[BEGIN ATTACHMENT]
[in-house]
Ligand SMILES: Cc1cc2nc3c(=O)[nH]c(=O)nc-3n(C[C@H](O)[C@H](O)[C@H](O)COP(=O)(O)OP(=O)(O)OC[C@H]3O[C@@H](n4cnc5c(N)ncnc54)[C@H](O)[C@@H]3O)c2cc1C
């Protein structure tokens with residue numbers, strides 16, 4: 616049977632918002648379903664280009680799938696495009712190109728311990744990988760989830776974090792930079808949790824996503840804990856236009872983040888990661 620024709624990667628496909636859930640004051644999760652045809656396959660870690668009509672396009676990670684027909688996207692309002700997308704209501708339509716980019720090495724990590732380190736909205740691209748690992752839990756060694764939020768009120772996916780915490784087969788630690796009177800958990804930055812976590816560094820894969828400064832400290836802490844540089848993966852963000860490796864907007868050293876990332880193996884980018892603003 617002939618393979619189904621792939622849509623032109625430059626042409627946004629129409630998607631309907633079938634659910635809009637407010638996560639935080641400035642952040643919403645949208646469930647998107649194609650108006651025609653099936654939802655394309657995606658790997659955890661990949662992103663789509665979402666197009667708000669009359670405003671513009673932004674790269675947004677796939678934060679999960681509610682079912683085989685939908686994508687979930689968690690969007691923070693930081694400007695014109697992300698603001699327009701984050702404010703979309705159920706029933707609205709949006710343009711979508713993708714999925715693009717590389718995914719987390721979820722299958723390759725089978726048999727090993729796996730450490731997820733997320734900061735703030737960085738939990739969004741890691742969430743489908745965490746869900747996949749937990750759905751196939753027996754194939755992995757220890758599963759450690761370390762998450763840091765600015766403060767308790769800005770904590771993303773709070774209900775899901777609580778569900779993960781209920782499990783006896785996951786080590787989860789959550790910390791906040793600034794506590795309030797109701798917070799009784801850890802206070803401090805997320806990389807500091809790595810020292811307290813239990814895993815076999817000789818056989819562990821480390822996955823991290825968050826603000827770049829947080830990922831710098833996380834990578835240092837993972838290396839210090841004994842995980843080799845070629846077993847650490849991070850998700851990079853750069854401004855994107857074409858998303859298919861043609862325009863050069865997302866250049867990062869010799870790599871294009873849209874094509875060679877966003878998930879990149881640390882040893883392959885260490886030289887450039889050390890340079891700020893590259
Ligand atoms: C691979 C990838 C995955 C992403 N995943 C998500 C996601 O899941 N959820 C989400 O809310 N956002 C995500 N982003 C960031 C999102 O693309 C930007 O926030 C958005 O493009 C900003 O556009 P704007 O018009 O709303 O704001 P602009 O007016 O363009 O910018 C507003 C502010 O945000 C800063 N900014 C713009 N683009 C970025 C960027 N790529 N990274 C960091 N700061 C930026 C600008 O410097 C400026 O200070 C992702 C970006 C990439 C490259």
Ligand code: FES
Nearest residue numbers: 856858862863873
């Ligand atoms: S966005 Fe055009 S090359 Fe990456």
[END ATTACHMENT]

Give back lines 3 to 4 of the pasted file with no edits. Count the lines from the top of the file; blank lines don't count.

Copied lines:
């Protein structure tokens with residue numbers, strides 16, 4: 616049977632918002648379903664280009680799938696495009712190109728311990744990988760989830776974090792930079808949790824996503840804990856236009872983040888990661 620024709624990667628496909636859930640004051644999760652045809656396959660870690668009509672396009676990670684027909688996207692309002700997308704209501708339509716980019720090495724990590732380190736909205740691209748690992752839990756060694764939020768009120772996916780915490784087969788630690796009177800958990804930055812976590816560094820894969828400064832400290836802490844540089848993966852963000860490796864907007868050293876990332880193996884980018892603003 617002939618393979619189904621792939622849509623032109625430059626042409627946004629129409630998607631309907633079938634659910635809009637407010638996560639935080641400035642952040643919403645949208646469930647998107649194609650108006651025609653099936654939802655394309657995606658790997659955890661990949662992103663789509665979402666197009667708000669009359670405003671513009673932004674790269675947004677796939678934060679999960681509610682079912683085989685939908686994508687979930689968690690969007691923070693930081694400007695014109697992300698603001699327009701984050702404010703979309705159920706029933707609205709949006710343009711979508713993708714999925715693009717590389718995914719987390721979820722299958723390759725089978726048999727090993729796996730450490731997820733997320734900061735703030737960085738939990739969004741890691742969430743489908745965490746869900747996949749937990750759905751196939753027996754194939755992995757220890758599963759450690761370390762998450763840091765600015766403060767308790769800005770904590771993303773709070774209900775899901777609580778569900779993960781209920782499990783006896785996951786080590787989860789959550790910390791906040793600034794506590795309030797109701798917070799009784801850890802206070803401090805997320806990389807500091809790595810020292811307290813239990814895993815076999817000789818056989819562990821480390822996955823991290825968050826603000827770049829947080830990922831710098833996380834990578835240092837993972838290396839210090841004994842995980843080799845070629846077993847650490849991070850998700851990079853750069854401004855994107857074409858998303859298919861043609862325009863050069865997302866250049867990062869010799870790599871294009873849209874094509875060679877966003878998930879990149881640390882040893883392959885260490886030289887450039889050390890340079891700020893590259
Ligand atoms: C691979 C990838 C995955 C992403 N995943 C998500 C996601 O899941 N959820 C989400 O809310 N956002 C995500 N982003 C960031 C999102 O693309 C930007 O926030 C958005 O493009 C900003 O556009 P704007 O018009 O709303 O704001 P602009 O007016 O363009 O910018 C507003 C502010 O945000 C800063 N900014 C713009 N683009 C970025 C960027 N790529 N990274 C960091 N700061 C930026 C600008 O410097 C400026 O200070 C992702 C970006 C990439 C490259």